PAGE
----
Still no light at the end of the tunnel
Chautara appears as if the devastating earthquake had hit it recently, not almost eleven months before. About 15,000 people are living in the city at an altitude of 1,500 meters, the administrative headquarter of Sindhupalchowk District, which was particularly hard-hit by the earthquake on 25 April last year. On the main street many ruined houses still witness to the disaster that killed more than 3,500 people in this mountain region. In many villages about 90 percent of the houses collapsed. The cleanup is progressing slowly. Too heavy are the wounds that the earthquake has ripped, not only at the buildings, but also for the city’s inhabitants. “There is still a very great problem of health,” says doctor Sabina Parajuli. “Those who were injured that time, have not fully recovered because of lots of problems, especially in their limbs. They were operated at that time and not able to do their normal activites. They were the only family members with income, but they are not working and are not getting money. And the other family members are busy with taking care of them.” In addition, infectious diseases such as vomiting or diarrhea spread quickly because the people live in crowded shelters.
Still a tent clinic
Sabina works in the hospital of Chautari. The large building was so badly damaged in the quake that it can not be used without extensive repairs. Therefore, Sabine and her colleagues are still working mainly in tents on the grounds of the clinic. Only a small building with an office and a treatment room was newly built after the earthquake. “Some of the tents have been destroyed by the strong winds in recent times,” says the 25-year-old.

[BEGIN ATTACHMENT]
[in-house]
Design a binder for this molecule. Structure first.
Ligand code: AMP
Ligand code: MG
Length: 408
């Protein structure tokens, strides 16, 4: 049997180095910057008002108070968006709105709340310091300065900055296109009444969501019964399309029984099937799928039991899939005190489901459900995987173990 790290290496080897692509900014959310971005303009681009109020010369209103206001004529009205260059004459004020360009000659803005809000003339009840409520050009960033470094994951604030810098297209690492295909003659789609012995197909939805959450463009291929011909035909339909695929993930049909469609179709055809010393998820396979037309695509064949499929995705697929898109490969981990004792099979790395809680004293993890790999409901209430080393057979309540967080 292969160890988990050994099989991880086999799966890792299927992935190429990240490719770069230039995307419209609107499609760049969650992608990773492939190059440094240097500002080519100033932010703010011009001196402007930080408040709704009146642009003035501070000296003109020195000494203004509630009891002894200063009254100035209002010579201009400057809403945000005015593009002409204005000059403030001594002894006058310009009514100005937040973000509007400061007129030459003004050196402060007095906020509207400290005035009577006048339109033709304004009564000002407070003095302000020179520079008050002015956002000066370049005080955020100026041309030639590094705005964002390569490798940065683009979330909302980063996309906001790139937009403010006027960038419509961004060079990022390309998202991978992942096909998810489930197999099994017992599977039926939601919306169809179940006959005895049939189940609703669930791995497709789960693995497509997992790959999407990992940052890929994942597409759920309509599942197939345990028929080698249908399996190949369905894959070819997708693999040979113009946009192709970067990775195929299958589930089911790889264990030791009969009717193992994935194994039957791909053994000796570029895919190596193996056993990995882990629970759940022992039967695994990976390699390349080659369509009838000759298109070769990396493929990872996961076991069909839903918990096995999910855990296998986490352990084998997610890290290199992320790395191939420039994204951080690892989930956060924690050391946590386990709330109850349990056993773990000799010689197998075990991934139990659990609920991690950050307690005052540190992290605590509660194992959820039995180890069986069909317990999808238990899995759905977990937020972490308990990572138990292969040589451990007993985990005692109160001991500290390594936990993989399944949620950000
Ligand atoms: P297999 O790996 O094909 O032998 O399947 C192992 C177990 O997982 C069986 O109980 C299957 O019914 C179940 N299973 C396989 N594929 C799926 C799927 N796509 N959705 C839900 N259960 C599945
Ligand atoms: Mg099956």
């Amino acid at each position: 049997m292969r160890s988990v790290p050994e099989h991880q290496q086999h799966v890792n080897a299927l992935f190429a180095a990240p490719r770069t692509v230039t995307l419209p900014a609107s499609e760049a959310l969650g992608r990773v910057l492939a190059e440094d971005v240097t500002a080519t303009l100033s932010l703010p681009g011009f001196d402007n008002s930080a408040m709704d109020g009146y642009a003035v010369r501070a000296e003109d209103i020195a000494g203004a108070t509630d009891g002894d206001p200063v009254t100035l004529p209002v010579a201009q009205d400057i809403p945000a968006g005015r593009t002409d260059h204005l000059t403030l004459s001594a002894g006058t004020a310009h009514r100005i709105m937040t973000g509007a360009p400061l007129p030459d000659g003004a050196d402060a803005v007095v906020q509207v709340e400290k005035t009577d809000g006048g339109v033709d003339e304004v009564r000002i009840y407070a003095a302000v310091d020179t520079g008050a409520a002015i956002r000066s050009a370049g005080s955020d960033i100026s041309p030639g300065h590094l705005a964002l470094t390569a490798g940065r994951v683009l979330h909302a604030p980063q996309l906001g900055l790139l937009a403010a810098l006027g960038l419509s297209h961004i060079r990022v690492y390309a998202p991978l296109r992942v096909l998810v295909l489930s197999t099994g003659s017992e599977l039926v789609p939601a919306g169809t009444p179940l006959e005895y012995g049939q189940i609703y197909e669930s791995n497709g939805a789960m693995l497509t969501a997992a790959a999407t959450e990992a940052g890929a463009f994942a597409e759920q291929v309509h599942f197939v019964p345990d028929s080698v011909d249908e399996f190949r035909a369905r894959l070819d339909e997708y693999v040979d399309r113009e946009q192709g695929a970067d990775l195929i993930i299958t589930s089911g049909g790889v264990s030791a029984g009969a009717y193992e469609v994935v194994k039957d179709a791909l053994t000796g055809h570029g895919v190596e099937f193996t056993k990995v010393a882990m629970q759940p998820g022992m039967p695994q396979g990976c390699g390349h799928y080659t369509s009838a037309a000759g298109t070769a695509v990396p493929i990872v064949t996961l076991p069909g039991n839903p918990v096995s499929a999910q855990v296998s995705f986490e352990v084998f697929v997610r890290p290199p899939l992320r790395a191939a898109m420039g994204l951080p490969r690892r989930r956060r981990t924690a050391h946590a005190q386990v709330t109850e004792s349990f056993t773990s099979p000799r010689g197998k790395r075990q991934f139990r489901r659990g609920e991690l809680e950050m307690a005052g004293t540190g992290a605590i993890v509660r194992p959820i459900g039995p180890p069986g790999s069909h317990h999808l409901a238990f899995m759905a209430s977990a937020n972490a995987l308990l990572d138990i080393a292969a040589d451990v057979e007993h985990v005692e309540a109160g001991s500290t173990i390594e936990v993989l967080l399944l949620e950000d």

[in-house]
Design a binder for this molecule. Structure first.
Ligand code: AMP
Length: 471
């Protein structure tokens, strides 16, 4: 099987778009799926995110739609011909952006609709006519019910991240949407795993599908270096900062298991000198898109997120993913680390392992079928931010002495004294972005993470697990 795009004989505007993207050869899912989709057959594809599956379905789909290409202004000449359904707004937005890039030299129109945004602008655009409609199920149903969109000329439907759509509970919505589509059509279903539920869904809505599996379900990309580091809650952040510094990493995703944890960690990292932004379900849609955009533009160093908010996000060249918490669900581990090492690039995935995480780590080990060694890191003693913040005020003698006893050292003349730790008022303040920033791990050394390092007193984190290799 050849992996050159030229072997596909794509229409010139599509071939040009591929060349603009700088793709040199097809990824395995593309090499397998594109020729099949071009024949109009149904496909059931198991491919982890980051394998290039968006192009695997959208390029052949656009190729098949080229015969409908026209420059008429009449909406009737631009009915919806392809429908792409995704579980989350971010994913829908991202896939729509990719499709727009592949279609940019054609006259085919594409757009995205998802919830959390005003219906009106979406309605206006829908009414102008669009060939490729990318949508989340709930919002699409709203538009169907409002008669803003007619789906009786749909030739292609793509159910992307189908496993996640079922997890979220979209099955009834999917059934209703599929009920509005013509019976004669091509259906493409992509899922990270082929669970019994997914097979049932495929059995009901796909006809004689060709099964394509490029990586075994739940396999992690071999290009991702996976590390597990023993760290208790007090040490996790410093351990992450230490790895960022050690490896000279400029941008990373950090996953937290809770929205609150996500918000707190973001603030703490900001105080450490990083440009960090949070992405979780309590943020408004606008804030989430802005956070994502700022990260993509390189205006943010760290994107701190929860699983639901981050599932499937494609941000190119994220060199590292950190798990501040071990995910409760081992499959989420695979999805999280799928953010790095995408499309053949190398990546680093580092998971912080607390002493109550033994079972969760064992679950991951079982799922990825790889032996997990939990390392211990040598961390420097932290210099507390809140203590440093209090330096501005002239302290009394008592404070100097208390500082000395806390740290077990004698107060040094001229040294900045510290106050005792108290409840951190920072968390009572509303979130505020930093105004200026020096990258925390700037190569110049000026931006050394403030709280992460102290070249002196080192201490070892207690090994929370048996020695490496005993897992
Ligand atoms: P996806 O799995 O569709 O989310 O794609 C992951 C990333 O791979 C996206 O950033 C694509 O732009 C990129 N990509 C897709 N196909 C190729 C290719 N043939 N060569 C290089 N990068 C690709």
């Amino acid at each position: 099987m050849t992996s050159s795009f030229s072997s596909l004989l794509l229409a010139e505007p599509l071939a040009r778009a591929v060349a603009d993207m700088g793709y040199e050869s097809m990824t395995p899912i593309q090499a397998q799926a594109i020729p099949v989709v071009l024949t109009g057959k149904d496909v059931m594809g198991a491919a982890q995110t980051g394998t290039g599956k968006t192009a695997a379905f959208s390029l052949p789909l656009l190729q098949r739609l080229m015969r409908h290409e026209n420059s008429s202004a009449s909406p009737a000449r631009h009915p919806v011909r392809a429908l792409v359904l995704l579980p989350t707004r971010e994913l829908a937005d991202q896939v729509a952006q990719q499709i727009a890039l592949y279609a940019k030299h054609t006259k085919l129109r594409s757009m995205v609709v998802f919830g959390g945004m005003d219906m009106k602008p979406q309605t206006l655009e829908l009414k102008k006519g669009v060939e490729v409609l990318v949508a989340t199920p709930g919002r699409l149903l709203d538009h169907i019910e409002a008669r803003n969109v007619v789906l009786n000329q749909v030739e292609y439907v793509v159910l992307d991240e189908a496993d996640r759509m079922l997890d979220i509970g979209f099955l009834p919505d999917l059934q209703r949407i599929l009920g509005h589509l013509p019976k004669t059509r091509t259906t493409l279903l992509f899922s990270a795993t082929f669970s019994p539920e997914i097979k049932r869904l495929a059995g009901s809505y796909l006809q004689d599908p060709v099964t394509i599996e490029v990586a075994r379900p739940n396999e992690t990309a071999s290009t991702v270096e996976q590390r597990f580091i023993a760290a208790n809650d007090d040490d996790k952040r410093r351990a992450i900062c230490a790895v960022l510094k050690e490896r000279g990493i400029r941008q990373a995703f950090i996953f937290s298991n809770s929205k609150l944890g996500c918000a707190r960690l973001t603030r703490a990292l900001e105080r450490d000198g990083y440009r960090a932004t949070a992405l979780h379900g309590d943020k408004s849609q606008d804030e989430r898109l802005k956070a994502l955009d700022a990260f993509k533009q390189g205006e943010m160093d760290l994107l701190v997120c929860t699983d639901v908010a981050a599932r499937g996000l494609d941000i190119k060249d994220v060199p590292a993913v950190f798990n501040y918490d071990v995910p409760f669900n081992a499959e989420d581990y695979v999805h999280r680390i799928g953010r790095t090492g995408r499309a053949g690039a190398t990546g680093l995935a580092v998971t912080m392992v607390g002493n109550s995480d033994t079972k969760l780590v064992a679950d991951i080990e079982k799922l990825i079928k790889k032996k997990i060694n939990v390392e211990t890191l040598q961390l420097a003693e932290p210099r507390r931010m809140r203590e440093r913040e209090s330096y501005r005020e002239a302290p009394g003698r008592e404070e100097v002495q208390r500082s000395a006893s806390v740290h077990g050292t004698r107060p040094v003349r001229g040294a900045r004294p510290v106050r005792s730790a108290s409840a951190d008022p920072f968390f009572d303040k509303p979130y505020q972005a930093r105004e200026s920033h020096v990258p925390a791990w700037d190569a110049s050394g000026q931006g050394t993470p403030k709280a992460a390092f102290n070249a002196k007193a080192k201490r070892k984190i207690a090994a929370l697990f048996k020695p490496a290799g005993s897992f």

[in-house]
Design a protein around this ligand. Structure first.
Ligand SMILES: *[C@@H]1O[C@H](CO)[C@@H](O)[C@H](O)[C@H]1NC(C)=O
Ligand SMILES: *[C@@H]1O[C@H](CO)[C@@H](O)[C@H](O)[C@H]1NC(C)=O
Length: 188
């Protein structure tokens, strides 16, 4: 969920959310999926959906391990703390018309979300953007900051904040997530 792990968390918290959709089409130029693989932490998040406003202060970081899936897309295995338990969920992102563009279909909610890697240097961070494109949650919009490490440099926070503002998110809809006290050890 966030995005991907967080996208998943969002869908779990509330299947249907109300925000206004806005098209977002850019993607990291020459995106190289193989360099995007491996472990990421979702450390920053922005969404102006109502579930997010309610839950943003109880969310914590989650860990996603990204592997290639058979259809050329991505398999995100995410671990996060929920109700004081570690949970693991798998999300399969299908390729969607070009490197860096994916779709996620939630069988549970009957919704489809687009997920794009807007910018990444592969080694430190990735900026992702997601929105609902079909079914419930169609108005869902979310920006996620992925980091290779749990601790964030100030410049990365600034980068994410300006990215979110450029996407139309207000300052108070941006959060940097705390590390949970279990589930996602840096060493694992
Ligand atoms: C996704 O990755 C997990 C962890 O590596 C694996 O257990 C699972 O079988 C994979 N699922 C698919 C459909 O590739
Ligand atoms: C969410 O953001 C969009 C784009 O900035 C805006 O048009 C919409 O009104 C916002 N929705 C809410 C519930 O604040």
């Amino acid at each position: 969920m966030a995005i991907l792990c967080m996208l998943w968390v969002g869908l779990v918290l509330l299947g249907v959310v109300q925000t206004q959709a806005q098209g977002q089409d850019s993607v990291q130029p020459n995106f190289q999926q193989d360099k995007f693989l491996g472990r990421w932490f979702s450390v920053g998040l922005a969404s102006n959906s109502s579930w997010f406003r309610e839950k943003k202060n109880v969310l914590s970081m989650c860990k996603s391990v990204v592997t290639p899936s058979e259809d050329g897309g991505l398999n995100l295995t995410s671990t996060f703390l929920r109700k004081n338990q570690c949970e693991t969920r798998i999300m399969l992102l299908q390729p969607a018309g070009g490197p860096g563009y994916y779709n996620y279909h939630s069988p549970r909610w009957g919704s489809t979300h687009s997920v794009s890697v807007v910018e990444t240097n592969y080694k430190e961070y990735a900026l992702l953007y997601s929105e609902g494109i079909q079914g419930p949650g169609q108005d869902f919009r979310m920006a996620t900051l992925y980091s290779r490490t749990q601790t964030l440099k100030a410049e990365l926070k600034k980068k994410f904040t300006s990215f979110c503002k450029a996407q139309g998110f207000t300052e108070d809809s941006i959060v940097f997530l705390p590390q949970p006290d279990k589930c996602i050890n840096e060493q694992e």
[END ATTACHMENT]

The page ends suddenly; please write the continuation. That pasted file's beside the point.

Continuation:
The doctors are treating not only physical diseases but also mental. “Many suffer from post traumatic disorders, means stress after many months of the traumatic event. They are afraid of minor things, don’t sleep properly and they are not interested to have food properly”, says Sabina Parajuli, adding that some patients are highly depressed because they lost relatives, their house or the entire property. She estimates that only about 30 to 40 percent of the mentally ill visit the hospital: “In our communities psychological injuries are very stigmatized and there is very discrimination.” In addition, many are not aware that they are suffering from a desease and that this can be cured, she says.
Politics, Politics, Politics
The doctor is in no way satisfied with the government – like actually all I talked to in Sindhupalchowk. “They have to help us as early as possible. But the government is only making politics, politics, politics and is not acting where it is needed. So there is very slow help and progress. Nowadays we are not hoping anything from them. And we are just trying to do the best ourselves.”
For the doctors at the hospital of Chautara that means still working up to their personal limits. In the first weeks after the quake, Sabina was deployed nearly around the clock. “Of course we were tired. But the other people were injured and more stressed than us. Compared with these other people we were healthy. They needed our help”, said the young doctor. “I was not forced by anyone, but by my heart. I had to do something for my home village Sangachok and the villagers. It was my chance and opportunity to serve them.”
Hoping for the straight stretches
There are still aftershocks in the region. People fear that another, perhaps even heavier earthquake than that on 25 April 2015 could occur. There is still no sign of normality in Sindhupalchowk District, says Sabina: “Of course there will be a light at the end of the tunnel. But the tunnel is not straight, it’s curved. And because of these curves we can’t see the light nowadays. If we get to the point where the tunnel is straight, we can see it. We haven’t yet reached that point. But I hope we’ll do it in very near future.”
Date15. March 2016 | 18:52
TagsChautara, Earthquake, Hospital, Nepal, Post traumatic disorders, Sabina Parachuli, Sindhupalchowk